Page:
Victim's mom: 'They got away with murder'
Seventy witnesses, dozens of suspects and one dead 20-year-old.
Five years ago, Kane County prosecutors began sorting through a mess of evidence to bring justice to the family of Nicholas Swanson of Elgin.
It was a complicated case that State's Attorney John Barsanti said reminded him of an "aggravated bar fight," where facts can be distorted by the sheer chaos of the crime.
"You'll have a hundred different versions of what happened - literally," Barsanti said. "There are a lot of people doing a lot of things and kind of watching out for themselves and not looking at the whole picture. You get bits and pieces of what happened, and try to put them altogether. They are some of the hardest cases to prosecute."
An estimated 50 people were involved in the Feb. 12, 2005, melee that led to Swanson's death and came to be infamously known as the Plato Township brawl. The fatal fight led prosecutors to take the rare step of convening a special grand jury, which leveled charges against 17 participants after hearing testimony over two months.
Though no one was ever convicted of delivering the fatal blow to the back of Swanson's head, two men initially charged with first-degree murder pleaded guilty to reduced charges and served time in jail and probation. Three more were convicted of involuntary manslaughter, and the rest were found guilty of lesser charges, including mob action and misdemeanor disorderly conduct.
"The largest challenge was trying to get witnesses in their late teens and early 20s to give up their friends and, in some cases, themselves," said Assistant State's Attorney Greg Sams, who was lead prosecutor. "On any case, that can be a daunting task, but the media scrutiny this case brought, I think, added pressure to witnesses not to cooperate."
On the night he was killed, Swanson had been summoned from bed around 1 a.m. by his younger brother, Eric, who told him he was about to confront a group of men who had called and harassed him and his friends. The friction stemmed from the breakup of a Burlington Central High School football player and a St. Charles North High School cheerleader more than a year before.
The rival factions ended up fighting - some with baseball bats, bottles and planks of wood - near Corron Road and Oak Tree Lane in Plato Township. When the fighting ended, Swanson, who was hit in the head with a blunt object, did not get up.
No one ever claimed responsibility.
"I don't think there was any chance anybody in that case could have been convicted of first-degree murder based on the facts," said attorney Kathleen Colton, who defended brawler David L. West of Geneva. "There were so many conflicting stories about what actually occurred, how the fatal injury was inflicted, and what the instrument of death was."
Swanson's mother, Debbie, said the involuntary manslaughter charges "still get to me."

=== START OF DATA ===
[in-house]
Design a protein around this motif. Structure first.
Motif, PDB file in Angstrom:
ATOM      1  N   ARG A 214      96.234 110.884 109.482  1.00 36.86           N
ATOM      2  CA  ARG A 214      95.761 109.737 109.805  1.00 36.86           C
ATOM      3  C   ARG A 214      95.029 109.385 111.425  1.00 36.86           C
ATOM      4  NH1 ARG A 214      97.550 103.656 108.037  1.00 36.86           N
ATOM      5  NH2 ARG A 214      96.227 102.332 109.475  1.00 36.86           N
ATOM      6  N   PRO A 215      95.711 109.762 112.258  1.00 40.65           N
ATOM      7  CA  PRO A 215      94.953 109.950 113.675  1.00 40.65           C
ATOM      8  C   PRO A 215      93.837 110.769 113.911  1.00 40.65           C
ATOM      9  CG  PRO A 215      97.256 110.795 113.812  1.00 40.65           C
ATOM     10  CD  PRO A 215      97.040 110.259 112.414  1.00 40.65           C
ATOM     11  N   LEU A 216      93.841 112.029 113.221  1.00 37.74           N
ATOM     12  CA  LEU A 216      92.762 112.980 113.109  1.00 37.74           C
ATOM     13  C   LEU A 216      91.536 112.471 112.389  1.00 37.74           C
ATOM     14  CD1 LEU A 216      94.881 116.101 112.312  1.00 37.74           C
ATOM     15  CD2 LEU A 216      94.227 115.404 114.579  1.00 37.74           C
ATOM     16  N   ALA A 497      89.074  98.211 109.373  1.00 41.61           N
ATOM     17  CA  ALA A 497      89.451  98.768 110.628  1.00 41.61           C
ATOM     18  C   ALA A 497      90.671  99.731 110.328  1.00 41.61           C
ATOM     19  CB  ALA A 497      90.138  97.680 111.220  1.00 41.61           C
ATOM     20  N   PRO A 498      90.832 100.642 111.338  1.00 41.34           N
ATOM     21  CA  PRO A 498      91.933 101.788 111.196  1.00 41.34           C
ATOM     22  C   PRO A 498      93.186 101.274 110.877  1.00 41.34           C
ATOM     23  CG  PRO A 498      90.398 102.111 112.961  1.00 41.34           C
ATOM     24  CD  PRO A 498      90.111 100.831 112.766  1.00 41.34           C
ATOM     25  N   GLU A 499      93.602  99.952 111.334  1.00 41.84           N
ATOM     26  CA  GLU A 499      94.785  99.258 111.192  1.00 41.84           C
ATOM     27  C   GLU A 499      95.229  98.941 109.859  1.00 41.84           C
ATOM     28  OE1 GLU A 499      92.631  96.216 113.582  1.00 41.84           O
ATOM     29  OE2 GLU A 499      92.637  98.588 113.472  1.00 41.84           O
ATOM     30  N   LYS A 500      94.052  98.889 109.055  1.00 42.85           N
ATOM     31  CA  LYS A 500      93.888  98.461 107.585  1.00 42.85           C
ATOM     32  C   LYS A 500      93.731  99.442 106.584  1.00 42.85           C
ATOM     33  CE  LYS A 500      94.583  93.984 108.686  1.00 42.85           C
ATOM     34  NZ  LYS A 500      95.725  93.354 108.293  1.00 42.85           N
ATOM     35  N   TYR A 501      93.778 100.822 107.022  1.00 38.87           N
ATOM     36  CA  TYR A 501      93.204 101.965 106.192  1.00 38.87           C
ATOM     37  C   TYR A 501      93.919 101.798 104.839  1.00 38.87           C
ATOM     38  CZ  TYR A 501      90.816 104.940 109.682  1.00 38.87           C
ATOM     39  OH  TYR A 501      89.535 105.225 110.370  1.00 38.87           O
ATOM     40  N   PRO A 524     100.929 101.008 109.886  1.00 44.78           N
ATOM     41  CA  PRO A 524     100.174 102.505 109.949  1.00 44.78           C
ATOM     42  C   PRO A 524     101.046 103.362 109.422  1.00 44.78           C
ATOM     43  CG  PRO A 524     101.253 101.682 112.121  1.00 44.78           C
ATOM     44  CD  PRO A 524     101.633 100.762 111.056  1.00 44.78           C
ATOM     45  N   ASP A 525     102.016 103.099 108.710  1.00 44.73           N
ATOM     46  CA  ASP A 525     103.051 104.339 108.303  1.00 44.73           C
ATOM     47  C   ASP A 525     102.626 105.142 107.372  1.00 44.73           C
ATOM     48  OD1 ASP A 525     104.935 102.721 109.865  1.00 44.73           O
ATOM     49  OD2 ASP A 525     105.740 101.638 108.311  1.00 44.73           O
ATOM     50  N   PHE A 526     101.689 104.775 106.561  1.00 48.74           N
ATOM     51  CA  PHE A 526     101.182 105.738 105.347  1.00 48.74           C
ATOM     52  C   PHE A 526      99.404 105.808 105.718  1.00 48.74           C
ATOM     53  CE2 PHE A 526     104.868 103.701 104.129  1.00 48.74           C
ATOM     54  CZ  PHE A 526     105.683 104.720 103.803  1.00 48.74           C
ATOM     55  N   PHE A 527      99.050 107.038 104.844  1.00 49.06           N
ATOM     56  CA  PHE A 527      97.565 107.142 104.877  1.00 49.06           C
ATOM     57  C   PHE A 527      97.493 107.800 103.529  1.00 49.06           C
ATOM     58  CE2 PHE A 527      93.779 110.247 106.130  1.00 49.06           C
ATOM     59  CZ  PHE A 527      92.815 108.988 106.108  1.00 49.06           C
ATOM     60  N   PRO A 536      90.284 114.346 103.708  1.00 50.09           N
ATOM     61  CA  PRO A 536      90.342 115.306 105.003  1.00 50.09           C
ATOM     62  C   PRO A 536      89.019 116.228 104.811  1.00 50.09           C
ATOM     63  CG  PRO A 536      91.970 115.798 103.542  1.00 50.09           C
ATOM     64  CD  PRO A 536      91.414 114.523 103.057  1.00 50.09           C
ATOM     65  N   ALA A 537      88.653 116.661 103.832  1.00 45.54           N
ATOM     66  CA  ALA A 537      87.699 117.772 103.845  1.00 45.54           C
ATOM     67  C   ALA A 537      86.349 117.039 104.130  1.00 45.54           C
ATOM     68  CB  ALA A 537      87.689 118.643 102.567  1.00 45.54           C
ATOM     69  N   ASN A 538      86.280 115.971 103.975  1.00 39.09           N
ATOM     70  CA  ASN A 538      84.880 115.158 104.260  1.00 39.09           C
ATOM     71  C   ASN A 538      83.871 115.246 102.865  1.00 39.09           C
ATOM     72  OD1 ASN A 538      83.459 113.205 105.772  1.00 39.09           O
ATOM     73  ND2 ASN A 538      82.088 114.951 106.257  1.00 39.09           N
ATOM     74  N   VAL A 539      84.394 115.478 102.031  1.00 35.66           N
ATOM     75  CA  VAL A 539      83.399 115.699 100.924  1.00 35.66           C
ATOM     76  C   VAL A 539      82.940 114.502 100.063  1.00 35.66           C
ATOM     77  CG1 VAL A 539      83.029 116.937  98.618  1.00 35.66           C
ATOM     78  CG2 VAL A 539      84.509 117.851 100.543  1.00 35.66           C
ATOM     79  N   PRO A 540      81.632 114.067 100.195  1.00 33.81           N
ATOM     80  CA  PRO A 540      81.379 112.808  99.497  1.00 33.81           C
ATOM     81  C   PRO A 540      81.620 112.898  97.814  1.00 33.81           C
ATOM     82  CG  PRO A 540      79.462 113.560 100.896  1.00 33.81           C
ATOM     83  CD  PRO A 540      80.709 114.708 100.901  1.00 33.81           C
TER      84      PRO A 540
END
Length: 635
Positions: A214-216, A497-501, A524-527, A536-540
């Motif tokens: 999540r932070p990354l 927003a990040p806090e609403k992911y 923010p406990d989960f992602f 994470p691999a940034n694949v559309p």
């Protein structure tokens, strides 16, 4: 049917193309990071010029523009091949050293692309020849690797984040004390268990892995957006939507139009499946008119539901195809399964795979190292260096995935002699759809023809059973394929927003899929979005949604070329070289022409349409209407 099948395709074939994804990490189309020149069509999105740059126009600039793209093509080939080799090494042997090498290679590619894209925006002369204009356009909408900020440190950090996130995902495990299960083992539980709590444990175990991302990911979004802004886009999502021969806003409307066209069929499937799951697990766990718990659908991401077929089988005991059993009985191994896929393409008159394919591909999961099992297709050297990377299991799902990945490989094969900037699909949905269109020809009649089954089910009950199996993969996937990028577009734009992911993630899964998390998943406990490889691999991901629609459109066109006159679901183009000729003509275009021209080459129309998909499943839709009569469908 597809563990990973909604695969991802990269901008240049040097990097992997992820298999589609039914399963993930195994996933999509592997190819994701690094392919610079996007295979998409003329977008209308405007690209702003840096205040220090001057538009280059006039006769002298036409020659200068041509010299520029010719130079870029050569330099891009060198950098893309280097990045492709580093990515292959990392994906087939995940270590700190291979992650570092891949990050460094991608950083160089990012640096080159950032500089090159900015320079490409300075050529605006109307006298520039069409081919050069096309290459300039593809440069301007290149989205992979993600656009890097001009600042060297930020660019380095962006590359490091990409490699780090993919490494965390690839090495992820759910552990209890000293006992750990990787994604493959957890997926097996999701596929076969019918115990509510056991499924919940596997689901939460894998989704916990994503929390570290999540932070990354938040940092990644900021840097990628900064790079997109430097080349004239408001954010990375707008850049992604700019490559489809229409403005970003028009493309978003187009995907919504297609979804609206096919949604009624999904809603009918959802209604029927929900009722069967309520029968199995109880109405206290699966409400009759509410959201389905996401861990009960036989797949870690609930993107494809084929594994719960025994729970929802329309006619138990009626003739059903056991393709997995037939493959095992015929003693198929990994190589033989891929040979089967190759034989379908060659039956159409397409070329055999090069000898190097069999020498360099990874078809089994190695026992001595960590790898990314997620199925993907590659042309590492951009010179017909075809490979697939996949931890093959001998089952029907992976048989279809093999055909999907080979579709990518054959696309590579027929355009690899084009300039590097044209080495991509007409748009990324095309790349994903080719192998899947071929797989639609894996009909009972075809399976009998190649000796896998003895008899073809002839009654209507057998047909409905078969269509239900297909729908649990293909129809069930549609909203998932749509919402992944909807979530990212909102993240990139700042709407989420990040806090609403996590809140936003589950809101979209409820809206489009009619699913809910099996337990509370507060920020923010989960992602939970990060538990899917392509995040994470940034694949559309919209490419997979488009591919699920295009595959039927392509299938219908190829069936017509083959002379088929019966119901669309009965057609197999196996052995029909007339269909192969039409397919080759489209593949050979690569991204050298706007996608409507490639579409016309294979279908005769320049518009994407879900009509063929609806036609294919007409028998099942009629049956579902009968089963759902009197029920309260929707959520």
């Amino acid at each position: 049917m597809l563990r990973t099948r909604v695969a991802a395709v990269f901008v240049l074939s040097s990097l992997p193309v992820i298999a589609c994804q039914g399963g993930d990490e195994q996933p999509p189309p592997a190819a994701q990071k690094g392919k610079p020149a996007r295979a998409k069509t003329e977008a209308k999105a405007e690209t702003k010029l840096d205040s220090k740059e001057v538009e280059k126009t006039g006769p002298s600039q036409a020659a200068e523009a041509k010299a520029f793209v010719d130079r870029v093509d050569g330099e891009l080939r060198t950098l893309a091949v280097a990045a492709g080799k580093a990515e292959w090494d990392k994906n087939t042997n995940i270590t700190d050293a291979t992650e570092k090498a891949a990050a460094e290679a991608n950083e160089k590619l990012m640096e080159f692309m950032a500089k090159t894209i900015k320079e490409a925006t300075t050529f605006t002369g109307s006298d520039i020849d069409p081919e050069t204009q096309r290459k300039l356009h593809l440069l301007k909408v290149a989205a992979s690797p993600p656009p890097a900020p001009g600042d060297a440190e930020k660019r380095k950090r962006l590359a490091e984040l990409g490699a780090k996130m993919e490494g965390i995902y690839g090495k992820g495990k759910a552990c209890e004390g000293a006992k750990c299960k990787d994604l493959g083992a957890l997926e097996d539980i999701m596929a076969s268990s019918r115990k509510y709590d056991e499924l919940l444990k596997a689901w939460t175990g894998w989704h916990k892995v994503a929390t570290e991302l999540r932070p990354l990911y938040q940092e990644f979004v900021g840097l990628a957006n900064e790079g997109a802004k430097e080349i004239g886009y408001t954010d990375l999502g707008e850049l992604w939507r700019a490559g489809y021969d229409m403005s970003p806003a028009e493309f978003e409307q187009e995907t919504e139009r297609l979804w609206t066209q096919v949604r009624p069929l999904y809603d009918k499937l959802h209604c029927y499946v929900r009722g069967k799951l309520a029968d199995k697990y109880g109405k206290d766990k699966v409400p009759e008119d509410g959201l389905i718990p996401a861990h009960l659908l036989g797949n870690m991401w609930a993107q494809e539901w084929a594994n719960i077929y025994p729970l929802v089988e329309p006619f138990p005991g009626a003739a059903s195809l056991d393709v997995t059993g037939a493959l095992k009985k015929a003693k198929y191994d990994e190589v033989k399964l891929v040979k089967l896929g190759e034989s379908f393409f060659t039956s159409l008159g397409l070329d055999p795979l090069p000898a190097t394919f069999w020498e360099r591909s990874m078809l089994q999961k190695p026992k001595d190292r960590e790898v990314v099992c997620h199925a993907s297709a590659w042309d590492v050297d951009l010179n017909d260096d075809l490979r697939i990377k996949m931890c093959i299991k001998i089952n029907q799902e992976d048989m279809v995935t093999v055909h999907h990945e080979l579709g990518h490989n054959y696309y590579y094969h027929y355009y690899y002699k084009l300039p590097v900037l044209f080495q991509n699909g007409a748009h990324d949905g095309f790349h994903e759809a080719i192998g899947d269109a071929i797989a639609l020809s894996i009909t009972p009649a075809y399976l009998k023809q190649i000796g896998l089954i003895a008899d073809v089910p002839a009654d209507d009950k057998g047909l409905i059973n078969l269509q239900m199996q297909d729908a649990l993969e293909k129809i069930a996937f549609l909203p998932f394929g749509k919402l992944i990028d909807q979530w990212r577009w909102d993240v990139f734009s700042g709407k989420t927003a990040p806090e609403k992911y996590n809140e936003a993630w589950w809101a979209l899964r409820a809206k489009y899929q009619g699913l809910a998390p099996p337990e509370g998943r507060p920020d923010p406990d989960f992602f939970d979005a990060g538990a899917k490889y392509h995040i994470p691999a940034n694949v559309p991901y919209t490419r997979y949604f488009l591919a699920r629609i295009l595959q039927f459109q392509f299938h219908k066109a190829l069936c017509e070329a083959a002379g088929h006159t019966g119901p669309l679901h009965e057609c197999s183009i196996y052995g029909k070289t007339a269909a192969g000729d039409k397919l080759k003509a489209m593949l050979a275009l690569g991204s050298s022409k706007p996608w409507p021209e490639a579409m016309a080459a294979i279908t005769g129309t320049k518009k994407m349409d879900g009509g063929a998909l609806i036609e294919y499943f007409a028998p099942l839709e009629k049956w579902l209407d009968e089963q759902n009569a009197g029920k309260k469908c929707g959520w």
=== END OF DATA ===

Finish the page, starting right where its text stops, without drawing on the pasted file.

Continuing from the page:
"They came with weapons. There was intent to do bodily harm," she told the Daily Herald. "I think they got away with it, I really do. They got away with murder."
Attempts to reach West for comment were unsuccessful, as were attempts to reach others accused of being on the front lines of the brawl, including St. Charles residents Timothy D. Campbell, Brett VonEyser, and Brian Halling, and Christopher Leon of South Elgin and Leif Johnson of Elgin. Jack Mokrousov of St. Charles, who was convicted of aggravated battery, declined to be interviewed.
More than half of the defendants got back into trouble with the law in the weeks and months after their convictions, resulting in probation extensions, jail time and other sanctions.
In 2007, the Swanson family filed suit against 15 of the defendants, but it was later dismissed under the statute of limitations, according to court records.
"It's still pretty emotional, to think it's been five years and nothing's happened to the people," said Debbie Imse, who was close friends with Swanson at the time of his death and attended prom with him in 2003. "Someone killed someone and they're walking free."
Because there is no statute of limitations on murder, Sams said, new charges would be possible in the off-chance new evidence about the fatal blow comes to light.
"However, depending on what the evidence was and who it pointed to, we might have to contend with double-jeopardy issues," he said.
Barsanti said he always believed prosecutors had evidence beyond a reasonable doubt for murder charges, but he couldn't be sure a jury would agree.
"If some kid had said, 'I hit Swanson, I saw him fall and he didn't move after that,' well, that would have been easy. But no one admitted anything," he said. "My job is never to put as many people in prison as we can; it's to get as much justice as we can, and we came as close as we could."
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